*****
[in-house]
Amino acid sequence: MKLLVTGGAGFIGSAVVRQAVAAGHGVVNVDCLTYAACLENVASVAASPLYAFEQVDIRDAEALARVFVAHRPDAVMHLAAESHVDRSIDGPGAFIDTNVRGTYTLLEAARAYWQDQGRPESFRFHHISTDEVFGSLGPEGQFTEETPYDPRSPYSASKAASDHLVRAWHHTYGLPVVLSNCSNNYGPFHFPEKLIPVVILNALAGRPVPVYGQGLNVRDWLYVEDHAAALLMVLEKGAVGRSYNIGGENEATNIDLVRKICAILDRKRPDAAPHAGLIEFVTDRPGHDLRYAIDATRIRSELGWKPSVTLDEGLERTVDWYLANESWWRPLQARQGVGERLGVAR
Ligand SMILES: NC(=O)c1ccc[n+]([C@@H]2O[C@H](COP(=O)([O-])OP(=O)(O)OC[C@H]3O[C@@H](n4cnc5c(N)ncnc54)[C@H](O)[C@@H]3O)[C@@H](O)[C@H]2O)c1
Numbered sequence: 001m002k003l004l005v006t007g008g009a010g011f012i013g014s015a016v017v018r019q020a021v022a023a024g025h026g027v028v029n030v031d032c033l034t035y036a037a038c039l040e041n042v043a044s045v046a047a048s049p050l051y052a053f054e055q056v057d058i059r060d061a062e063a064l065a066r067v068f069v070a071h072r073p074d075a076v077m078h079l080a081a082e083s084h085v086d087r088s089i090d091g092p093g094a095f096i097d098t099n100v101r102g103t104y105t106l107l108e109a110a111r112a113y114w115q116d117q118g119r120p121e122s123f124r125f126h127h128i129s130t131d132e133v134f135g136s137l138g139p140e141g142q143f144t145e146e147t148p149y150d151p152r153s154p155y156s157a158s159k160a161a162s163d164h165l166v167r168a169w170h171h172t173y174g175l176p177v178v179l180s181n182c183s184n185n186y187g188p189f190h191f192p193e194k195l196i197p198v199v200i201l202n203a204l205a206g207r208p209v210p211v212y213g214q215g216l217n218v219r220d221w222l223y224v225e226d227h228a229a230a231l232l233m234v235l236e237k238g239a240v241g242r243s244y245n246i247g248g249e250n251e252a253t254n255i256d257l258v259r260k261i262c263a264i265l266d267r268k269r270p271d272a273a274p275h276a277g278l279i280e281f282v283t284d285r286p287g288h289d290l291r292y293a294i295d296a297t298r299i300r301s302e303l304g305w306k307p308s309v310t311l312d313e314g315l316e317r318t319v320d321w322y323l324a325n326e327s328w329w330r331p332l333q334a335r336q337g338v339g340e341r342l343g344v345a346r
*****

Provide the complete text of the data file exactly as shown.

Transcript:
[in-house]
Amino acid sequence: MKLLVTGGAGFIGSAVVRQAVAAGHGVVNVDCLTYAACLENVASVAASPLYAFEQVDIRDAEALARVFVAHRPDAVMHLAAESHVDRSIDGPGAFIDTNVRGTYTLLEAARAYWQDQGRPESFRFHHISTDEVFGSLGPEGQFTEETPYDPRSPYSASKAASDHLVRAWHHTYGLPVVLSNCSNNYGPFHFPEKLIPVVILNALAGRPVPVYGQGLNVRDWLYVEDHAAALLMVLEKGAVGRSYNIGGENEATNIDLVRKICAILDRKRPDAAPHAGLIEFVTDRPGHDLRYAIDATRIRSELGWKPSVTLDEGLERTVDWYLANESWWRPLQARQGVGERLGVAR
Ligand SMILES: NC(=O)c1ccc[n+]([C@@H]2O[C@H](COP(=O)([O-])OP(=O)(O)OC[C@H]3O[C@@H](n4cnc5c(N)ncnc54)[C@H](O)[C@@H]3O)[C@@H](O)[C@H]2O)c1
Numbered sequence: 001m002k003l004l005v006t007g008g009a010g011f012i013g014s015a016v017v018r019q020a021v022a023a024g025h026g027v028v029n030v031d032c033l034t035y036a037a038c039l040e041n042v043a044s045v046a047a048s049p050l051y052a053f054e055q056v057d058i059r060d061a062e063a064l065a066r067v068f069v070a071h072r073p074d075a076v077m078h079l080a081a082e083s084h085v086d087r088s089i090d091g092p093g094a095f096i097d098t099n100v101r102g103t104y105t106l107l108e109a110a111r112a113y114w115q116d117q118g119r120p121e122s123f124r125f126h127h128i129s130t131d132e133v134f135g136s137l138g139p140e141g142q143f144t145e146e147t148p149y150d151p152r153s154p155y156s157a158s159k160a161a162s163d164h165l166v167r168a169w170h171h172t173y174g175l176p177v178v179l180s181n182c183s184n185n186y187g188p189f190h191f192p193e194k195l196i197p198v199v200i201l202n203a204l205a206g207r208p209v210p211v212y213g214q215g216l217n218v219r220d221w222l223y224v225e226d227h228a229a230a231l232l233m234v235l236e237k238g239a240v241g242r243s244y245n246i247g248g249e250n251e252a253t254n255i256d257l258v259r260k261i262c263a264i265l266d267r268k269r270p271d272a273a274p275h276a277g278l279i280e281f282v283t284d285r286p287g288h289d290l291r292y293a294i295d296a297t298r299i300r301s302e303l304g305w306k307p308s309v310t311l312d313e314g315l316e317r318t319v320d321w322y323l324a325n326e327s328w329w330r331p332l333q334a335r336q337g338v339g340e341r342l343g344v345a346r